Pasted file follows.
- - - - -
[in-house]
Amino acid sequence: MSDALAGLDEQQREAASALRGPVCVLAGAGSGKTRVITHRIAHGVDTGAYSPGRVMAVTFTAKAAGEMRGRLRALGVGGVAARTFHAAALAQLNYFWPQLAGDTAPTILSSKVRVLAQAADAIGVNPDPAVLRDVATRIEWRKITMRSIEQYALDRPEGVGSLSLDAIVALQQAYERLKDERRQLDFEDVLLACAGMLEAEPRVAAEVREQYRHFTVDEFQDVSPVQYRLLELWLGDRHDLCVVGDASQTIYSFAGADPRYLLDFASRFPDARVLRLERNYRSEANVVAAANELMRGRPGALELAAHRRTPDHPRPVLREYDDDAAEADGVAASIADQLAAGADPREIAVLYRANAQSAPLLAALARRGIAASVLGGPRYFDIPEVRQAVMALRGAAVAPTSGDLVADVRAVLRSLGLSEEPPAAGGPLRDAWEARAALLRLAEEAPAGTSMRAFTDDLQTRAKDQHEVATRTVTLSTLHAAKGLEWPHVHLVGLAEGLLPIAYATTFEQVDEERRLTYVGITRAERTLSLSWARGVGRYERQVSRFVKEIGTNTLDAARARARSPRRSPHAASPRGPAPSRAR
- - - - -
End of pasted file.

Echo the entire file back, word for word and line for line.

[in-house]
Amino acid sequence: MSDALAGLDEQQREAASALRGPVCVLAGAGSGKTRVITHRIAHGVDTGAYSPGRVMAVTFTAKAAGEMRGRLRALGVGGVAARTFHAAALAQLNYFWPQLAGDTAPTILSSKVRVLAQAADAIGVNPDPAVLRDVATRIEWRKITMRSIEQYALDRPEGVGSLSLDAIVALQQAYERLKDERRQLDFEDVLLACAGMLEAEPRVAAEVREQYRHFTVDEFQDVSPVQYRLLELWLGDRHDLCVVGDASQTIYSFAGADPRYLLDFASRFPDARVLRLERNYRSEANVVAAANELMRGRPGALELAAHRRTPDHPRPVLREYDDDAAEADGVAASIADQLAAGADPREIAVLYRANAQSAPLLAALARRGIAASVLGGPRYFDIPEVRQAVMALRGAAVAPTSGDLVADVRAVLRSLGLSEEPPAAGGPLRDAWEARAALLRLAEEAPAGTSMRAFTDDLQTRAKDQHEVATRTVTLSTLHAAKGLEWPHVHLVGLAEGLLPIAYATTFEQVDEERRLTYVGITRAERTLSLSWARGVGRYERQVSRFVKEIGTNTLDAARARARSPRRSPHAASPRGPAPSRAR